nthing the scalability/flexibility argument. Using the GPU to render your results, while potentially faster than a standard CPU, is going to trade off with limitations in the ease of maintaining and scaling out your application. It just feels like the kind of thing where you're going to paint yourself into a corner with the technology, and eventually abandon it for a more practical approach for supporting multiple concurrent users.

That's probably more of a sixth-sense analysis than you're looking for, so take it for what it's worth.
posted by Brak at 5:22 PM on January 4, 2008

Try it out. See what sort of framerate you get rendering a typical scene and reading it back off the GPU, ignoring the image compression and networking side of things entirely. This will tell you roughly how many boxes you'll need to satisfy a given request rate.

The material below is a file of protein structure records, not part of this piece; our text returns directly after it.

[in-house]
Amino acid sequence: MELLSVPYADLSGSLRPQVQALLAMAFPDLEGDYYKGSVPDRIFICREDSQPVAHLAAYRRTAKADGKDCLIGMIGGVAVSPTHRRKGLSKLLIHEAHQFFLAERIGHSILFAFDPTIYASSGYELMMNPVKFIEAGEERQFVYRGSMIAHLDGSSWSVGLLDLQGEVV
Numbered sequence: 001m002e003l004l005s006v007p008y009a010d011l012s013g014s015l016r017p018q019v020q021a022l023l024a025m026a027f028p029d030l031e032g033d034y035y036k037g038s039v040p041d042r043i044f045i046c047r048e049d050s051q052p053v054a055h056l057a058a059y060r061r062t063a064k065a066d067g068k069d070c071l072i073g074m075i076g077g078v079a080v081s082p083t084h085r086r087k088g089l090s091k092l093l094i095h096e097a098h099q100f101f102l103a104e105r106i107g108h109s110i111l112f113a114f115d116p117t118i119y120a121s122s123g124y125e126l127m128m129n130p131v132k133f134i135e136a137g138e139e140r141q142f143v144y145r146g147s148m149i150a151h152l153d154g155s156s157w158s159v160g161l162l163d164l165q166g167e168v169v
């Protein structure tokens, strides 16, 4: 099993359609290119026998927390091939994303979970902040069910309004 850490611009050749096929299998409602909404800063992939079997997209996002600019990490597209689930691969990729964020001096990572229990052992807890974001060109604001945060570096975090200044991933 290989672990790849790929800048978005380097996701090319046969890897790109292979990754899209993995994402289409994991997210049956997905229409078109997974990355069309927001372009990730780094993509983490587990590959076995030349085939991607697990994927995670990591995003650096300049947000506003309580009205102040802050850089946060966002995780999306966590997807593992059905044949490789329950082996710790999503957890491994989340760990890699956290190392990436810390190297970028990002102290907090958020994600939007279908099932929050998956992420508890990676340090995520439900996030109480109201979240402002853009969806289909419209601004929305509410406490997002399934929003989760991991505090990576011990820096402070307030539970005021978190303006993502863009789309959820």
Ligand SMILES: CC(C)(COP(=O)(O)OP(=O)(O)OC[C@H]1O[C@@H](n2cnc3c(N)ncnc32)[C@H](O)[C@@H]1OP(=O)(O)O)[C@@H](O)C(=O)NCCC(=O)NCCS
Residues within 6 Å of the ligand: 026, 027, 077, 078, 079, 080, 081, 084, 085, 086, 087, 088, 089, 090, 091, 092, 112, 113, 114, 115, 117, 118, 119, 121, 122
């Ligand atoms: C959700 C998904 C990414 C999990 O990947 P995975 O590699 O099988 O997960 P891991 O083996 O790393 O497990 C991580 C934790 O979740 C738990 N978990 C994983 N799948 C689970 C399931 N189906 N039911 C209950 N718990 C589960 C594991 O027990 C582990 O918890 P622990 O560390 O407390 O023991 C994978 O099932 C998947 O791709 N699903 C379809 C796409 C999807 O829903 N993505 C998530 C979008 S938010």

Keep in mind that that's an upper bound, and that since you probably won't be able to parallelise rendering at all, making the rendering take any longer will necessarily reduce your total frame rate. If you have to swap in new textures, geometry, or shaders for each image, things will get much worse.

If you go ahead with this, you'll end up with some unusual server-side code that will be difficult to debug and maintain, and you might end up tied to one hardware and OS platform. The hardware and drivers you'll be relying on are (in general) built to get the highest possible framerate in Bioshock or whatever, not to run your highly available web app.
posted by plant at 8:16 PM on January 4, 2008

« Older Help me get the tips I earn!   |   Is there a Bible for liberals? Newer »
This thread is closed to new comments.